But God used these men to spread the news of the birth of His one and only Son. Because, as the Apostle Paul will tell us later:
"But God has chosen the foolish things of the world to shame the wise, and God has chosen the weak things to shame the things which are strong, and the base things of the world and the despised God has chosen, the things that are not, so that he may nullify the things that are, so that no man may boast before God." (I Corinthians 1:27-29).
These particular shepherds, being from Bethlehem, lived near Jerusalem. Because of this, their sheep were probably used in the temple sacrifices. The surrounding area was prime grazing land and the shepherds worked in these pastures day and night all year round. How appropriate it was for these men to have an announcement made to them that the Lamb of God has arrived who will take away the sins of the whole world!
It was these frightened men that an angel of the Lord stood before, as God's glory shone brightly, and he announced confidently:
"Do not be afraid; for behold, I bring you good news of great joy which will be for all the people. For today in the city of David there has been born for you a Savior, who is Christ the Lord. This will be a sign for you. You will find a baby wrapped in swaddling cloths and lying in a manger." (10-12).
It was also to these frightened shepherds that a whole host of angels began praising God and saying:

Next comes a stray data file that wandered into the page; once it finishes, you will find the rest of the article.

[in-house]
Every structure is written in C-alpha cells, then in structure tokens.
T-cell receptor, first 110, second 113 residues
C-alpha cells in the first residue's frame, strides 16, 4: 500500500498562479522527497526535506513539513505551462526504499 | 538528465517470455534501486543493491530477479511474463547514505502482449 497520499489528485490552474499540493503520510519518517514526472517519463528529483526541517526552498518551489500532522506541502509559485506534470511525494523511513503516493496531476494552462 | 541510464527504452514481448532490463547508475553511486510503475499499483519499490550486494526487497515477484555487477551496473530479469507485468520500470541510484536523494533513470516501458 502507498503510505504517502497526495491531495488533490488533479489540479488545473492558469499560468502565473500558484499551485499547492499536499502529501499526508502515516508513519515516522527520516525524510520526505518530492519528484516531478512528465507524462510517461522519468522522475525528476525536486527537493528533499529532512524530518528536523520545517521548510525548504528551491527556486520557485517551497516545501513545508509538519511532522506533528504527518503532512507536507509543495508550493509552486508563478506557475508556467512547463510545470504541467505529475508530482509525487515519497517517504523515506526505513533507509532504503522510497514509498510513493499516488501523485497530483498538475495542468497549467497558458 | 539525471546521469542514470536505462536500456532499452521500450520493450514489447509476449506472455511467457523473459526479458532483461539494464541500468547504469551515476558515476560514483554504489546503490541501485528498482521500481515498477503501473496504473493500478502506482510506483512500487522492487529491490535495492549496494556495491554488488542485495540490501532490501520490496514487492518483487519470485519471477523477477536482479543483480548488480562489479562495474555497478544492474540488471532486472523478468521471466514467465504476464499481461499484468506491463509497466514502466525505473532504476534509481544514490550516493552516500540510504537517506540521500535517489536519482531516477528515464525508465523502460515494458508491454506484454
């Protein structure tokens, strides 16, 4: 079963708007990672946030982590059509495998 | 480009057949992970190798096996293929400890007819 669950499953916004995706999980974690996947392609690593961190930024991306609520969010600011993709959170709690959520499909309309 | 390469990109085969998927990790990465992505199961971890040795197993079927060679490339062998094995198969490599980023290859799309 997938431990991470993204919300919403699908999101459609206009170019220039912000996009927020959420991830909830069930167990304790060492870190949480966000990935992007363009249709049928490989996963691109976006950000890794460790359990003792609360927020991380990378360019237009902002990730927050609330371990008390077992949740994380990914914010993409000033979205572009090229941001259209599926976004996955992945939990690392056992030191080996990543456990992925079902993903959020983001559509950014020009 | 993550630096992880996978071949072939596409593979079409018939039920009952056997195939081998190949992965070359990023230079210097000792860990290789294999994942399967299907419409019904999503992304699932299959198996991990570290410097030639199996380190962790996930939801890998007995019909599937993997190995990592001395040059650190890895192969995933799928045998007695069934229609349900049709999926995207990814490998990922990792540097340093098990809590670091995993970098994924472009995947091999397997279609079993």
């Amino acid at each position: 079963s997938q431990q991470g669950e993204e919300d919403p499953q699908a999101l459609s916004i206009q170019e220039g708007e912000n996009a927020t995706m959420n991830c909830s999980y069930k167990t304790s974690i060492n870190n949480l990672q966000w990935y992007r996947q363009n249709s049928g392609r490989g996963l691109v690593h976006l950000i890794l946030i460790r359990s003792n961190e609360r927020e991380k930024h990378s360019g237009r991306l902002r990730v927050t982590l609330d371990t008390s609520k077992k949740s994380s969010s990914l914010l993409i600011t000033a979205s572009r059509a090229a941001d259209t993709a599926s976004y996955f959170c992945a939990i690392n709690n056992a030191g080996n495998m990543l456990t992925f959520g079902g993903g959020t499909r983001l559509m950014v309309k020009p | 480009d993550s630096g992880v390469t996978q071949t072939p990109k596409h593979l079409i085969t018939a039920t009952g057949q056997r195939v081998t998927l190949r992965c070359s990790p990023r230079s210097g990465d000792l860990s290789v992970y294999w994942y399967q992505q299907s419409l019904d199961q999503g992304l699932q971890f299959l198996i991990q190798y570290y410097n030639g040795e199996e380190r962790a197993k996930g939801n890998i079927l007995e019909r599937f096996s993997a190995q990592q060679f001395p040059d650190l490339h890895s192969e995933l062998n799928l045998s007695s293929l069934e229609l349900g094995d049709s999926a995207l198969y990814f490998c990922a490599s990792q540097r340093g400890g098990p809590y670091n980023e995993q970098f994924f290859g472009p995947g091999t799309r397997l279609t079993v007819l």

"Glory to God in the highest, and on earth peace among men with whom He is pleased." (13-14).
And we see that God's confidence in the shepherds was vindicated when they had an immediate positive response after the angels left. They could have blown it off thinking that they were delusional and this couldn't have happened. Or they could have refused to listen to the angels' message and kept doing their job and continued watching their sheep. After all, no one will believe what a shepherd tells them. But they didn't do any of these things.
The Scriptures said that they talked to one another and then went straight to Bethlehem to see what the Lord had made known to them. They found their way to Mary and Joseph and saw for themselves the baby in the manger. And these men reported to all those around what the angel had said about the child, Jesus.
Those that heard wondered at the things told them by the shepherds while Mary treasured them in her heart.
The key is that they told everyone about what had been revealed to them. They were willing to get out of their comfort zone and let those in their world around them know what God had told and shown them. Then they went back to their flocks, praising God for all that they had heard and seen from Him (15-20).